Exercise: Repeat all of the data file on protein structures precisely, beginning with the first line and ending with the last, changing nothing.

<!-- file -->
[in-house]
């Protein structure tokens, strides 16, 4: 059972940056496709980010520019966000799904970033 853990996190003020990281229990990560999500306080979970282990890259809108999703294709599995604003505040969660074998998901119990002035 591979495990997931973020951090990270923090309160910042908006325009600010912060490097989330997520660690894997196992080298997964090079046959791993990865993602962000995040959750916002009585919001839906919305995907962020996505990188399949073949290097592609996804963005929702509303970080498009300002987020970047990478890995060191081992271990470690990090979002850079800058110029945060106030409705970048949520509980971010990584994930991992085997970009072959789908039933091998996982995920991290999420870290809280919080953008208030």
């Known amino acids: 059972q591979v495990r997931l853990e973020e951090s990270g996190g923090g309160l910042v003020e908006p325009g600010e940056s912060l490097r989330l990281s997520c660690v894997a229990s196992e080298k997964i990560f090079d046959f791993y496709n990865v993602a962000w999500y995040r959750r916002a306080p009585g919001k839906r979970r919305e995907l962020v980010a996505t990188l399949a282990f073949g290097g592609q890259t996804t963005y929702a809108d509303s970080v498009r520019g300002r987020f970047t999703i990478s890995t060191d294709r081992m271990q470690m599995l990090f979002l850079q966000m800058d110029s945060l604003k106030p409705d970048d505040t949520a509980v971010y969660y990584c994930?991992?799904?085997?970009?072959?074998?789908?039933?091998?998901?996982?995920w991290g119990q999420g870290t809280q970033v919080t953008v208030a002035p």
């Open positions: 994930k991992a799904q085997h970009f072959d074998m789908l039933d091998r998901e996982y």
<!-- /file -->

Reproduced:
[in-house]
């Protein structure tokens, strides 16, 4: 059972940056496709980010520019966000799904970033 853990996190003020990281229990990560999500306080979970282990890259809108999703294709599995604003505040969660074998998901119990002035 591979495990997931973020951090990270923090309160910042908006325009600010912060490097989330997520660690894997196992080298997964090079046959791993990865993602962000995040959750916002009585919001839906919305995907962020996505990188399949073949290097592609996804963005929702509303970080498009300002987020970047990478890995060191081992271990470690990090979002850079800058110029945060106030409705970048949520509980971010990584994930991992085997970009072959789908039933091998996982995920991290999420870290809280919080953008208030």
């Known amino acids: 059972q591979v495990r997931l853990e973020e951090s990270g996190g923090g309160l910042v003020e908006p325009g600010e940056s912060l490097r989330l990281s997520c660690v894997a229990s196992e080298k997964i990560f090079d046959f791993y496709n990865v993602a962000w999500y995040r959750r916002a306080p009585g919001k839906r979970r919305e995907l962020v980010a996505t990188l399949a282990f073949g290097g592609q890259t996804t963005y929702a809108d509303s970080v498009r520019g300002r987020f970047t999703i990478s890995t060191d294709r081992m271990q470690m599995l990090f979002l850079q966000m800058d110029s945060l604003k106030p409705d970048d505040t949520a509980v971010y969660y990584c994930?991992?799904?085997?970009?072959?074998?789908?039933?091998?998901?996982?995920w991290g119990q999420g870290t809280q970033v919080t953008v208030a002035p």
């Open positions: 994930k991992a799904q085997h970009f072959d074998m789908l039933d091998r998901e996982y």